The U.S. Centers for Disease Control and Prevention (CDC), with support from the U.S. Agency for International Development (USAID), hosted two delegations to learn about malaria elimination on Hispaniola. The United Nations (UN) Foundation and Malaria No More sponsored the two delegations of ten Congressional staffers to travel to Haiti and meet with key partners leading the effort to eliminate malaria, a mosquito-borne disease, from Hispaniola by 2020.
Haiti and the Dominican Republic are the only countries in the Caribbean where malaria is still endemic, but improvements to malaria diagnosis, treatment, and surveillance have made malaria elimination an achievable goal. Malaria Zero, an initiative led by the CDC and including an array of partners, was launched in 2015 to accelerate malaria elimination on Hispaniola. The UN Foundation and Malaria No More are Malaria Zero partners for advocacy and resource mobilization.
While in Haiti, the UN Foundation and Malaria No More delegations met with Chargé d’Affaires Brian Shukan and members of the U.S. government interagency health team to learn about the U.S.’s investments in malaria control and the Haitian health system. The delegations also participated in health facility site visits around Port-au-Prince to observe the diverse malaria prevention and control activities contributing to malaria reduction
in Haiti. While visiting a USAID-supported health facility in Delmas 75, the delegations met community health workers who provide education to families about mosquito-borne disease; and at Hôpital Foyer Saint Camille, a CDC and President’s Emergency Plan for AIDS Relief (PEPFAR)-supported health facility, the delegations witnessed malaria rapid diagnostic testing and learned about facility-level malaria surveillance and reporting. The UN Foundation delegation also visited the commune of Ouanaminthe, which borders the Dominican Republic, where collaboration between the Ministries of Health of Haiti and the Dominican Republic and CDC supports malaria testing and treatment in the community.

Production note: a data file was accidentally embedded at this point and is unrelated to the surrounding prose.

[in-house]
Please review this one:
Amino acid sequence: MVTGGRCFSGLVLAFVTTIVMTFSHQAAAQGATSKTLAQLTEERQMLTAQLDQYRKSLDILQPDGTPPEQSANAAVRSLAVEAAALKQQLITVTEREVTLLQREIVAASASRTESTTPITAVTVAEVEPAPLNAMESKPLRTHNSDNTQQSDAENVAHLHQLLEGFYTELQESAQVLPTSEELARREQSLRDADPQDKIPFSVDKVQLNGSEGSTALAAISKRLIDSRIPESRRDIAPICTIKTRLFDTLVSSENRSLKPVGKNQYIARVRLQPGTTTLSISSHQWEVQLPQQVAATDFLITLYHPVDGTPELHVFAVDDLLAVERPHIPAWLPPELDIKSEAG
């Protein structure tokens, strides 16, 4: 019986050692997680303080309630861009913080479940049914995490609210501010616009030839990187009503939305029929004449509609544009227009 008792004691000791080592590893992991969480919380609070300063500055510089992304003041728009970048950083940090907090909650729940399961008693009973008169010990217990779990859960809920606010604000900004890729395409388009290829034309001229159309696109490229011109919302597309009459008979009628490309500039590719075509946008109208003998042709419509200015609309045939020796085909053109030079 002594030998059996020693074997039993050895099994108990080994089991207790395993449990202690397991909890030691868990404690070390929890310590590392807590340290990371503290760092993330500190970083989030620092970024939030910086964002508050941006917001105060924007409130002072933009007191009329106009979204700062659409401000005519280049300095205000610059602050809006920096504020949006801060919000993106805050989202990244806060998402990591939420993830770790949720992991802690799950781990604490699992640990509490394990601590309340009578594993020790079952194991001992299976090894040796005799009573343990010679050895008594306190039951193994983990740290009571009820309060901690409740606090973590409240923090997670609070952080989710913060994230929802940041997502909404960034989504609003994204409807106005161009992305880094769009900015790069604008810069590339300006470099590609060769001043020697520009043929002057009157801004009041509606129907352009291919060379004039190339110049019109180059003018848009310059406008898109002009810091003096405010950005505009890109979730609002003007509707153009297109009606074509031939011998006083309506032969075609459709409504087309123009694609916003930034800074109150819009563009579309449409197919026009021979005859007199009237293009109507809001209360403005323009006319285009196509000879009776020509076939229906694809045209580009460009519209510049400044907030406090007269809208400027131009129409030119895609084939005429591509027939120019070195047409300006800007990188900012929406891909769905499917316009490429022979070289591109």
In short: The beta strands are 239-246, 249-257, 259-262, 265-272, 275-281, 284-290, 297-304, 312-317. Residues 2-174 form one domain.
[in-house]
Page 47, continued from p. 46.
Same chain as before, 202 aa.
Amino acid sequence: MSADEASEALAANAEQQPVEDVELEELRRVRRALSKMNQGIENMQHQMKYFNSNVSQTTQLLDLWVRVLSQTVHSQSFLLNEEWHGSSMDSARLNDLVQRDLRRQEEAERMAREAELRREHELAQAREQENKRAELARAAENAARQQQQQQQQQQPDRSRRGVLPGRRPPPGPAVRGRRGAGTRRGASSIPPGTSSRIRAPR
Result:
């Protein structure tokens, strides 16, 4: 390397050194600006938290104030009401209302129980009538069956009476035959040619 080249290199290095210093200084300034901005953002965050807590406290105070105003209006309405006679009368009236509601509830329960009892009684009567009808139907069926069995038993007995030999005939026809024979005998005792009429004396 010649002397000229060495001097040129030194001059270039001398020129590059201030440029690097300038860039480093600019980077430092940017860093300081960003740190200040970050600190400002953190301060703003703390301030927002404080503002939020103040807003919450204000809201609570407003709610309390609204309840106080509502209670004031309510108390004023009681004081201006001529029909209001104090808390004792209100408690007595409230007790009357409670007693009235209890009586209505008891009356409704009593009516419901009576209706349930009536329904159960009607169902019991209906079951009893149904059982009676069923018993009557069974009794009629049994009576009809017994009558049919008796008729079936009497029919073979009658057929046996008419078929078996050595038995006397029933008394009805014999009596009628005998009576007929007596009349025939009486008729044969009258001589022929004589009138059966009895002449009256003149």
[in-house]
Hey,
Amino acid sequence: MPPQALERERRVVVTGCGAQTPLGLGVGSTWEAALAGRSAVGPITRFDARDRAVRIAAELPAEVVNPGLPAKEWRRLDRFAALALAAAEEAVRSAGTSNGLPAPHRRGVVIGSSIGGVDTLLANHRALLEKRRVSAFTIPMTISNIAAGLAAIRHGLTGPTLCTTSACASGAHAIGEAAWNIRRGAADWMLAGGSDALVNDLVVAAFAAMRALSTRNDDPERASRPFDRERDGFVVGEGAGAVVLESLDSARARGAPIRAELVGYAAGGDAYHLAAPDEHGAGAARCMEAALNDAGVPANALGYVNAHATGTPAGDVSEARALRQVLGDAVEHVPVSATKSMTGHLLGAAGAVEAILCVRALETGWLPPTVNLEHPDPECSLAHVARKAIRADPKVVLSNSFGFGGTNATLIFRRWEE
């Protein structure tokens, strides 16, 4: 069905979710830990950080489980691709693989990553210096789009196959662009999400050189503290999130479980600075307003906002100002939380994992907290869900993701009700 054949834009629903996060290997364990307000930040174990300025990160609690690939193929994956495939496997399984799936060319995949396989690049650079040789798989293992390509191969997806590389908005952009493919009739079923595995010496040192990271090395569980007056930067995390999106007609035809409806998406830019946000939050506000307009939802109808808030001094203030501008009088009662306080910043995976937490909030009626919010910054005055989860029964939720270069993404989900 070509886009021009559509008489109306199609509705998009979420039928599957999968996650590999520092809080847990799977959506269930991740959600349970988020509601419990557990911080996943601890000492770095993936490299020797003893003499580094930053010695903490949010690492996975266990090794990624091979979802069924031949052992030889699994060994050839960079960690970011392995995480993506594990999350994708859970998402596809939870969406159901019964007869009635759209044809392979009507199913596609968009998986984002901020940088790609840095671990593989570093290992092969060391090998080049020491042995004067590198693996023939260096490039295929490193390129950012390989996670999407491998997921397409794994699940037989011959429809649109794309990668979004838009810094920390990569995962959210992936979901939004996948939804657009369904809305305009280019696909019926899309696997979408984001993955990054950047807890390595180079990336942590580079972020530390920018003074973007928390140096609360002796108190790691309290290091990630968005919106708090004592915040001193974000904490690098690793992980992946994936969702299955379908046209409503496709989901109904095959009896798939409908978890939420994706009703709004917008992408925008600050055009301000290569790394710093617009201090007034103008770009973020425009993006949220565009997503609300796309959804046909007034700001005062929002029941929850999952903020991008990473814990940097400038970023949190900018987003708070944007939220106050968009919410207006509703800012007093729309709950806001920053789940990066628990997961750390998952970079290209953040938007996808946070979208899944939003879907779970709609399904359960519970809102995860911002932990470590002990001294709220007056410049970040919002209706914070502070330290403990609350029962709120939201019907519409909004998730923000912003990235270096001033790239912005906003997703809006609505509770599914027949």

The delegations also toured the National Public Health Laboratory (LNSP) and the Directorate of Epidemiology, Laboratory, and Research (DELR) where they met key partners from the Ministry of Health, including the director of Haiti’s National Malaria Control Program Dr. Frantz Lemoine. Dr. Lemoine, along with the directors of LNSP and DELR Drs. Jacques Boncy and Paul Adrien, discussed the important function integrated surveillance systems and improved laboratory diagnostics play in advancing malaria elimination and noted the CDC’s role in helping to enhance surveillance and laboratory capacity in Haiti.
Throughout the delegations’ visit to Haiti, the U.S. government health team and partners stressed the importance of continued investments and support for malaria elimination efforts on Hispaniola. Malaria cases have declined in Haiti by more than 50% since 2009 with only 21,000 cases identified in 2016, making malaria elimination more plausible now than ever.